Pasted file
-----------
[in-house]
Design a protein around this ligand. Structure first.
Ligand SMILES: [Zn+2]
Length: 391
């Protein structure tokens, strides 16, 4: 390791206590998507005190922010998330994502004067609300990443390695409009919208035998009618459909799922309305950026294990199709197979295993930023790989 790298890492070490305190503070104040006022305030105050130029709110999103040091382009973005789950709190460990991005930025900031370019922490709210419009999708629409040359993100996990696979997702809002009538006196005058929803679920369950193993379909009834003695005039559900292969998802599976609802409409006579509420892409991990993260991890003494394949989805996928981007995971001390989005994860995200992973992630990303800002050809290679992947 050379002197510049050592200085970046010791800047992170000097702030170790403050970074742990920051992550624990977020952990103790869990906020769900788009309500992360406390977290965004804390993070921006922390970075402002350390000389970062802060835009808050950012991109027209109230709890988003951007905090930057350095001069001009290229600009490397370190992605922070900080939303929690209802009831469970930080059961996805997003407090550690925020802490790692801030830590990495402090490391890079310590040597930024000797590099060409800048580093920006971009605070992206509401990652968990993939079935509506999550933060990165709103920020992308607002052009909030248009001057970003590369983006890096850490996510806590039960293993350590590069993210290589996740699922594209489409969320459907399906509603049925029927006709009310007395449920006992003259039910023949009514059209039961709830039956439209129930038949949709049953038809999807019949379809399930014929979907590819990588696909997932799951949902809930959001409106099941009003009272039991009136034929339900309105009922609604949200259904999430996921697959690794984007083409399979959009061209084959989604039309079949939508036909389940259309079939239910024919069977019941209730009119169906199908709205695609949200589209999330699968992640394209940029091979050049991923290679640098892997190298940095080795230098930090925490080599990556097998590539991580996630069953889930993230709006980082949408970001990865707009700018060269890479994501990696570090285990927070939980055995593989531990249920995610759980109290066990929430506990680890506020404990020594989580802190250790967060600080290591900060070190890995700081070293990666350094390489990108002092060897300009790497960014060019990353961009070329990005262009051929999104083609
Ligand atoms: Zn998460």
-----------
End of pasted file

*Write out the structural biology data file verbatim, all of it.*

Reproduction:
[in-house]
Design a protein around this ligand. Structure first.
Ligand SMILES: [Zn+2]
Length: 391
């Protein structure tokens, strides 16, 4: 390791206590998507005190922010998330994502004067609300990443390695409009919208035998009618459909799922309305950026294990199709197979295993930023790989 790298890492070490305190503070104040006022305030105050130029709110999103040091382009973005789950709190460990991005930025900031370019922490709210419009999708629409040359993100996990696979997702809002009538006196005058929803679920369950193993379909009834003695005039559900292969998802599976609802409409006579509420892409991990993260991890003494394949989805996928981007995971001390989005994860995200992973992630990303800002050809290679992947 050379002197510049050592200085970046010791800047992170000097702030170790403050970074742990920051992550624990977020952990103790869990906020769900788009309500992360406390977290965004804390993070921006922390970075402002350390000389970062802060835009808050950012991109027209109230709890988003951007905090930057350095001069001009290229600009490397370190992605922070900080939303929690209802009831469970930080059961996805997003407090550690925020802490790692801030830590990495402090490391890079310590040597930024000797590099060409800048580093920006971009605070992206509401990652968990993939079935509506999550933060990165709103920020992308607002052009909030248009001057970003590369983006890096850490996510806590039960293993350590590069993210290589996740699922594209489409969320459907399906509603049925029927006709009310007395449920006992003259039910023949009514059209039961709830039956439209129930038949949709049953038809999807019949379809399930014929979907590819990588696909997932799951949902809930959001409106099941009003009272039991009136034929339900309105009922609604949200259904999430996921697959690794984007083409399979959009061209084959989604039309079949939508036909389940259309079939239910024919069977019941209730009119169906199908709205695609949200589209999330699968992640394209940029091979050049991923290679640098892997190298940095080795230098930090925490080599990556097998590539991580996630069953889930993230709006980082949408970001990865707009700018060269890479994501990696570090285990927070939980055995593989531990249920995610759980109290066990929430506990680890506020404990020594989580802190250790967060600080290591900060070190890995700081070293990666350094390489990108002092060897300009790497960014060019990353961009070329990005262009051929999104083609
Ligand atoms: Zn998460």